Tandem's Encompass data management system provides a transaction mechanism that includes transaction back out and distributed transactions. Nonstop SQL is integrated with this transaction manager [Borr]. A single transaction log (audit trail) is maintained at each site. This log provides undo, redo, and media recovery for old (Enscribe) and new (SQL) data. A single transaction can contain both Enscribe and SQL calls, and is recorded in a _~!ngle log per site. Having one transaction log per site eases sysiem- management when compared with the nonintegrated log-per-subsystem of other designs. When a table is created, it is audited by default Updates to audited tables are automatically protected by locks belonging to the transaction and by undo and redo log records. The user may declare it to be non-audited by altering the audit attribute.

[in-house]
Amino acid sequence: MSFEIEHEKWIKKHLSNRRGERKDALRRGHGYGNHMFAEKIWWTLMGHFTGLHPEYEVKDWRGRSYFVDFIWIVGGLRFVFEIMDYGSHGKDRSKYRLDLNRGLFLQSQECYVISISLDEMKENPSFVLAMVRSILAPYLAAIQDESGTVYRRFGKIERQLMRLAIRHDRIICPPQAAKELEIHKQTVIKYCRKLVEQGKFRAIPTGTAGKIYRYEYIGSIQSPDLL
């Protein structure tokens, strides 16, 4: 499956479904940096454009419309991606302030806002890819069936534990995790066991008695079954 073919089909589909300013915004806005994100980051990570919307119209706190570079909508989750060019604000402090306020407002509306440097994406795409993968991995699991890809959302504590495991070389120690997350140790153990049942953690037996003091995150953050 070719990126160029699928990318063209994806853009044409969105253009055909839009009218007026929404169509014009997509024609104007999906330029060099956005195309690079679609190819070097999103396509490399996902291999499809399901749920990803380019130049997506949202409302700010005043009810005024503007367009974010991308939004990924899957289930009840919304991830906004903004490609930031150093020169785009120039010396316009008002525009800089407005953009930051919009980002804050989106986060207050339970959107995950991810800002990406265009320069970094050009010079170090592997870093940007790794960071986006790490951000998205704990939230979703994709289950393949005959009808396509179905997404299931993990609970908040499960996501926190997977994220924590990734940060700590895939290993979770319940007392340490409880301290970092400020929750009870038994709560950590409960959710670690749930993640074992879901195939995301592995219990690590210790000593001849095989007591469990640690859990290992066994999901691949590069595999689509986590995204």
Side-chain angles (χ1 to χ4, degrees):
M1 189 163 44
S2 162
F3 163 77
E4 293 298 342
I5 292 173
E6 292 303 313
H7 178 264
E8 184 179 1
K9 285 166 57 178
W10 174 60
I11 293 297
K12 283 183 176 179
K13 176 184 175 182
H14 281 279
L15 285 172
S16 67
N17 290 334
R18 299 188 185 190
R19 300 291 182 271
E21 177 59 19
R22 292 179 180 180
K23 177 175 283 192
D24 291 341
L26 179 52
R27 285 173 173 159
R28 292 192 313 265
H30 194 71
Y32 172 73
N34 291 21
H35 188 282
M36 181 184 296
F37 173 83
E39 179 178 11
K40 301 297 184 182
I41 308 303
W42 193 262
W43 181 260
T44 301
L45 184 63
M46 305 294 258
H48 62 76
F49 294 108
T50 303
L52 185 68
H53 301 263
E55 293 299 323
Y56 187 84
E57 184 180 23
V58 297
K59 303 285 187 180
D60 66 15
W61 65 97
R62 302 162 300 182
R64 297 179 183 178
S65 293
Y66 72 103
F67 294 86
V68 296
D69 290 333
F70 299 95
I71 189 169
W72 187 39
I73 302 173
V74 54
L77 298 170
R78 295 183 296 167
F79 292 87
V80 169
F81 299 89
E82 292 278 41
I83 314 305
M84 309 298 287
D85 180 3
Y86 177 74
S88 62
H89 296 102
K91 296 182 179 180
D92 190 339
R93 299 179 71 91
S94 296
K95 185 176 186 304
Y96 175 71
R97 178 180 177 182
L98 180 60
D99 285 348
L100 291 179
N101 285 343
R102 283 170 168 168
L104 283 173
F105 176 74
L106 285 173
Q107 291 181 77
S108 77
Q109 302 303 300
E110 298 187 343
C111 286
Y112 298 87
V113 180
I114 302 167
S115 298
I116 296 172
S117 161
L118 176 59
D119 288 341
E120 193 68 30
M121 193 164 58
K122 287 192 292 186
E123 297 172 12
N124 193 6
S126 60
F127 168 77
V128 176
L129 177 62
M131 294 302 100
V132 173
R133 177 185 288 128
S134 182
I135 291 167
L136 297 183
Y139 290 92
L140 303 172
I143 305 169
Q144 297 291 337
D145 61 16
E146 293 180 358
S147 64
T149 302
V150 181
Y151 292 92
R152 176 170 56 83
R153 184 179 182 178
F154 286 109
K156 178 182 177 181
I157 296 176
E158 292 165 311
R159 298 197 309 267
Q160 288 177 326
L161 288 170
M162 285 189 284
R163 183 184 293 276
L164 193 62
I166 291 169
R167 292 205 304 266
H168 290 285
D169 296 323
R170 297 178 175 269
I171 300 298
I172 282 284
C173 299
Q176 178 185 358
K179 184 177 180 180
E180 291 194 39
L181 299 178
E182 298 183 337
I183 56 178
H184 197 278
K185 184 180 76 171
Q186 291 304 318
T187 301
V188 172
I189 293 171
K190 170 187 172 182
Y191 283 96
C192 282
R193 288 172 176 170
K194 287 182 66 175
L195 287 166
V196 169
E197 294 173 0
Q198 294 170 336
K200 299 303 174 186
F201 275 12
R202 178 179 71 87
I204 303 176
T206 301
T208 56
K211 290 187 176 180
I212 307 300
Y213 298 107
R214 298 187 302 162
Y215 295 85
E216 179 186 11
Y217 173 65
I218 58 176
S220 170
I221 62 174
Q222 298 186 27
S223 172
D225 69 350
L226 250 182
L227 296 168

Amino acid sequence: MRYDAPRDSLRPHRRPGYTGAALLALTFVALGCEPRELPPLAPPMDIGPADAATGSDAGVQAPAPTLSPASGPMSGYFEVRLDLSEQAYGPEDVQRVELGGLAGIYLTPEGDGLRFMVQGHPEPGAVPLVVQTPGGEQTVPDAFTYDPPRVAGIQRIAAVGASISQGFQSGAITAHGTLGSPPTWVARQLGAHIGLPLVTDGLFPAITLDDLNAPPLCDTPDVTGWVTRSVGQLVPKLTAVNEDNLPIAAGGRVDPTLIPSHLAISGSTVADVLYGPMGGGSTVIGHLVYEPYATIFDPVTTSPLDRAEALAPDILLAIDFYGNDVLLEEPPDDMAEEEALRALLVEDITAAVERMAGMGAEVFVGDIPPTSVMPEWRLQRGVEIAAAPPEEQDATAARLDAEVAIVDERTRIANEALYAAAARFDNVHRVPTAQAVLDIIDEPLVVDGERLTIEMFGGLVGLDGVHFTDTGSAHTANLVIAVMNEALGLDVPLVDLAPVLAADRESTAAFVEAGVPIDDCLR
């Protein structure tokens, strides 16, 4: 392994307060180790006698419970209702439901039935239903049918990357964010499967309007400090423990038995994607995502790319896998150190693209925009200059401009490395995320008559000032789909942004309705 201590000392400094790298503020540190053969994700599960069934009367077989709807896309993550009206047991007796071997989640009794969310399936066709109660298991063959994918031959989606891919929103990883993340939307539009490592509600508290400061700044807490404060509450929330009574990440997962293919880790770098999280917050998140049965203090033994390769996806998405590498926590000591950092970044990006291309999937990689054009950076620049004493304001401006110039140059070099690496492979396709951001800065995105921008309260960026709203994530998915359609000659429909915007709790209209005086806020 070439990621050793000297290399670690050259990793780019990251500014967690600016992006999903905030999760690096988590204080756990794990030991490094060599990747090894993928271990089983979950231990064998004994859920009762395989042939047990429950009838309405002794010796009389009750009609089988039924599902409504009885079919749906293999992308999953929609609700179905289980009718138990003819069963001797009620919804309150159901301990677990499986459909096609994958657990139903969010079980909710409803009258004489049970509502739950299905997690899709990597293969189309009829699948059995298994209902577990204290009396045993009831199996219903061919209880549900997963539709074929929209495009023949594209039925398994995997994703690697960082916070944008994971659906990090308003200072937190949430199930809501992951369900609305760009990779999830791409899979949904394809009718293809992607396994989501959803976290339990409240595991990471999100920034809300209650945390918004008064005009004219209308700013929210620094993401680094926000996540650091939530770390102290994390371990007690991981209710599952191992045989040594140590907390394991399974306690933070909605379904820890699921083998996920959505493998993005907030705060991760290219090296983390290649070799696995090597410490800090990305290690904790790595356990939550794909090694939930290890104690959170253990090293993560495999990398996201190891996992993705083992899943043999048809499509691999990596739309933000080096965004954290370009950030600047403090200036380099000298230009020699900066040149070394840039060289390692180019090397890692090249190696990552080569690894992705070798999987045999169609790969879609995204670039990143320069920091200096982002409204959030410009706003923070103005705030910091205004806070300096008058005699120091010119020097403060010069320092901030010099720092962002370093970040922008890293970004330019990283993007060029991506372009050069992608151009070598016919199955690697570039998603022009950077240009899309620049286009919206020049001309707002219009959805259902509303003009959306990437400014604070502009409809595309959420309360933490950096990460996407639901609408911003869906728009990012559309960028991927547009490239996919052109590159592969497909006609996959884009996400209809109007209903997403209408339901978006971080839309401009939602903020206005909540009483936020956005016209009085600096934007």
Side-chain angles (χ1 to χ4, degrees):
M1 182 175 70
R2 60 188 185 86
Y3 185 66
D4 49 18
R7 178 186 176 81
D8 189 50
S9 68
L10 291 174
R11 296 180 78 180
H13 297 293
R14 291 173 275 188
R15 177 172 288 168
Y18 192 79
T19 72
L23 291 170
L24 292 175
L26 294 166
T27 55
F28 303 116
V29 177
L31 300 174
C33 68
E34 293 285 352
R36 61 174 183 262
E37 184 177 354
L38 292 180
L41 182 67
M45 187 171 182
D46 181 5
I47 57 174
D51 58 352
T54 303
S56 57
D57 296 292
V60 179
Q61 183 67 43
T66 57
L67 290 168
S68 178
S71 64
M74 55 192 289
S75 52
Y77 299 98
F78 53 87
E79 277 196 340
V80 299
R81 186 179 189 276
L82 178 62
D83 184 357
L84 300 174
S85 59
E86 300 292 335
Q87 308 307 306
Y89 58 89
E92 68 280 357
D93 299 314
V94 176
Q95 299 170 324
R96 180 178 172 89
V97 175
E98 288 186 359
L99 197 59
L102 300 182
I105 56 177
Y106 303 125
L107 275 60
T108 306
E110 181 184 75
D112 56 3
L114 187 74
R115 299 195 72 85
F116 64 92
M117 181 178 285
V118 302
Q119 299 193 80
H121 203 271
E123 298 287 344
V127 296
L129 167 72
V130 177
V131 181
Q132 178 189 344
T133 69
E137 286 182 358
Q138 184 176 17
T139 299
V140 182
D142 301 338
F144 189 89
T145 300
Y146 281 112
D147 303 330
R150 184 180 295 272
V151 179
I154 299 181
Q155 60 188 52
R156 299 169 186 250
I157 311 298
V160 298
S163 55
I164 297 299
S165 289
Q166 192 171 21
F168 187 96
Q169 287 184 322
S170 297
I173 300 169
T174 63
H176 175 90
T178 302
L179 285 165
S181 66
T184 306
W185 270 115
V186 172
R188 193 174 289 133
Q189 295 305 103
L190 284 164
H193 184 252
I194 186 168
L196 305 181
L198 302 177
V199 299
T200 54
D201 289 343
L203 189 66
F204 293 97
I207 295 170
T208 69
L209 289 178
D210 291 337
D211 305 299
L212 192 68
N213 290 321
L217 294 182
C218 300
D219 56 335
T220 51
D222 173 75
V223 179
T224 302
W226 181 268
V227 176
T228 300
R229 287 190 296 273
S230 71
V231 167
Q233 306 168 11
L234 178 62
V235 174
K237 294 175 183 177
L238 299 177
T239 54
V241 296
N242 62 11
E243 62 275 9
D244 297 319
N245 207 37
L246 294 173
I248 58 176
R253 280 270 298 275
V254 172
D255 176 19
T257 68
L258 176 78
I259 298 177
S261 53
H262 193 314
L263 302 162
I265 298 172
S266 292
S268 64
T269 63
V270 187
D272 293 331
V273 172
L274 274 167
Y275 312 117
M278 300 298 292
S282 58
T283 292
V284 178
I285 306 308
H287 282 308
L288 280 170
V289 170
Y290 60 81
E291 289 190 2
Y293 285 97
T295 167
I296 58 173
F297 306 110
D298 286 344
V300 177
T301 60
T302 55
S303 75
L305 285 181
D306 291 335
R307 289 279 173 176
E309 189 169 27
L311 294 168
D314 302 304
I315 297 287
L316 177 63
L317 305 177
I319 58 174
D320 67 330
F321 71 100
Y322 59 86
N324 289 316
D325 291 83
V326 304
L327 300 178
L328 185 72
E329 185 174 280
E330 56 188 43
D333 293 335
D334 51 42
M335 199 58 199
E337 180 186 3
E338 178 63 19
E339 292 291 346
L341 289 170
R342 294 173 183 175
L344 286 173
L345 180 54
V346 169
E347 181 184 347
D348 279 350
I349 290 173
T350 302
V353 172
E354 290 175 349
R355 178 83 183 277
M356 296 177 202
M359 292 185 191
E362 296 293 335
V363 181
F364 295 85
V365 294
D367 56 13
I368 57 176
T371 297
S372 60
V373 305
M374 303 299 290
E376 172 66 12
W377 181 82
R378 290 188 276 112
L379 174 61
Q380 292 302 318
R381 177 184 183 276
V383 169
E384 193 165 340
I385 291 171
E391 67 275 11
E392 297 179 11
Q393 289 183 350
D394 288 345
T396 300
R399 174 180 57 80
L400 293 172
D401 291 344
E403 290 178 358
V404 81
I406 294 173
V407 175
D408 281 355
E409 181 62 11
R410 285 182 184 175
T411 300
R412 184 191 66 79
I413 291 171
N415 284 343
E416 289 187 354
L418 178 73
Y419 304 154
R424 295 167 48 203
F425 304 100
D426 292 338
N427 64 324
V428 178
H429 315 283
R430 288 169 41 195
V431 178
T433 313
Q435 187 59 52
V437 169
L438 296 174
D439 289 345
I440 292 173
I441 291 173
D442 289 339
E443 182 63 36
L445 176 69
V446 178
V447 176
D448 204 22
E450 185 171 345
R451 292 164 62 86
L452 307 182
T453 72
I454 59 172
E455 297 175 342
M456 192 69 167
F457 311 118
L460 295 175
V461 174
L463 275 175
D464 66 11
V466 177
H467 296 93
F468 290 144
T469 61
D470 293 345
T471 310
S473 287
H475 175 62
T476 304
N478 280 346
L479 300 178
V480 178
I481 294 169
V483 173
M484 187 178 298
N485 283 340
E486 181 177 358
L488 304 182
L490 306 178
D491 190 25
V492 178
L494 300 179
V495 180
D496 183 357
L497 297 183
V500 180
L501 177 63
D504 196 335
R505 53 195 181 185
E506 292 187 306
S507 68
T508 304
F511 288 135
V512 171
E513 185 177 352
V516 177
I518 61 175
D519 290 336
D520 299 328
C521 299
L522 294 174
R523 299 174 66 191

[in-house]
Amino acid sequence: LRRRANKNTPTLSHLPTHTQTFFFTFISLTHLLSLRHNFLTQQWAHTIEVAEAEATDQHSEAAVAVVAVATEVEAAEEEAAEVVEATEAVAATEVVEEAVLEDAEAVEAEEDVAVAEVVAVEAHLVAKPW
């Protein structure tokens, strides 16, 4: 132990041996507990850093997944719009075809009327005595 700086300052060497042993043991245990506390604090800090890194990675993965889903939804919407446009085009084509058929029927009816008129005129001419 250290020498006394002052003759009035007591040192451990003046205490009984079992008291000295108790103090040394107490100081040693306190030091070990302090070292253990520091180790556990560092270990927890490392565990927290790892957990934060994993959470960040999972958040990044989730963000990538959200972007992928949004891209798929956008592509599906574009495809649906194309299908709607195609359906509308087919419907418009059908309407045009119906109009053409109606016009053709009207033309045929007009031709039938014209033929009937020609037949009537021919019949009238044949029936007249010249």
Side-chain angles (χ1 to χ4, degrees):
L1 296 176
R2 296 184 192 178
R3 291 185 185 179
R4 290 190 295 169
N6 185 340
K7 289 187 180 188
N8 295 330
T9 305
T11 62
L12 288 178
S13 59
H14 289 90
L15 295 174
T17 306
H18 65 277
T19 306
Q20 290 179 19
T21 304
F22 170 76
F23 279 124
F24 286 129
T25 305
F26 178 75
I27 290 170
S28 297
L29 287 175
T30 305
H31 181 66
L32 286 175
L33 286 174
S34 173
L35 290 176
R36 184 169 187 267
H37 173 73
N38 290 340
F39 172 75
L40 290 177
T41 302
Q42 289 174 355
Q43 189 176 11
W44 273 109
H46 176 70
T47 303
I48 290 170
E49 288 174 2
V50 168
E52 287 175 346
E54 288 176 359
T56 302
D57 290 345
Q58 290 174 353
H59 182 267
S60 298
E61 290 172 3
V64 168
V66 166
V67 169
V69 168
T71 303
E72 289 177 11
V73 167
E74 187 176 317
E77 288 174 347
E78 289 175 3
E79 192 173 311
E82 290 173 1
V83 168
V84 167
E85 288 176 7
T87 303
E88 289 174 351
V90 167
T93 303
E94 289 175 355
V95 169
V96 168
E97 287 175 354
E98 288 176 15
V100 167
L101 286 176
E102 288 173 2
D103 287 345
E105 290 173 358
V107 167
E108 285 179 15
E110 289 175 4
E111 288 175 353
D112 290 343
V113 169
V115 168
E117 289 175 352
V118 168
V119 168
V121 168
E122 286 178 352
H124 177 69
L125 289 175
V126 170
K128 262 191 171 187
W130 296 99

Any program locking or updating an audited table must be part of a transaction (must do a BEGIN WORK or be servicing a request from some process that did a BEGIN WORK). As explained earlier, the operating system message kernel manages the propagation of transaction identifiers as part of the requester-server (remote procedure call) flow within the transaction. The locking features include file, generic, and record granularities, automatic escalation to coarser granularity, implicit or explicit shared and exclusive lock modes, three degrees of consistency, selectable on a per statement basis, and a LOCK TABLE verb. Deadlock detection is via timeout. The default timeout is sixty seconds. The CONTROL TABLE verb allows the user to specify the handling of lock waits. The user may request "bounce" locks which never wait for a busy resource; rather, they return an exception. In addition, NonStop SQL supports read-through locks (nolock), which allow reading dirty data (uncommitted updates). The CONTROL TABLE command allows a program to alter these attributes on a table-by-table or statement-by-statement basis. Non-audited objects complicated the design, since non-transactional locking is explicit and has complex semantics. In particular, the state of locks and cursors after a COMMIT WORK verb is confusing. NonStop SQL defined some rules which seem consistent. A FREE RESOURCES verb was introduced to free locks and cursors on non-audited tables. The COMMIT WORK and ROLLBACK WORK verbs implicitly issue a FREE RESOURCES verb. But this design has proved difficult to explain. For simplicity, design experts recommend against the use of non-audited tables for anything but temporary files. Non-audited tables are useful for batch applications using the old-master newmaster recovery protocol. Non-audited tables are used as scratch files for sort, and the query evaluator. In addition, to reduce log activity, indices are created nonaudited and then altered to be audited. Local Autonomy Local autonomy requires that NonStop SQL offer access to local data even if part of it is unavailable and even if the site is isolated from the rest of the network. For compiled SQL plans this means that the SQL compiler must automatically pick a new plan if a chosen access path (Le. index) becomes unavailable. This recompilation is automatic and transparent to the user. Data definition operations pose more difficult problems. If a table is partitioned among several nodes of a network, then dropping the table requires work at each of those nodes -- both updates to the catalogs and deletion of the files. Changing table attributes has similar requirements. In general NonStop SQL requires that all 17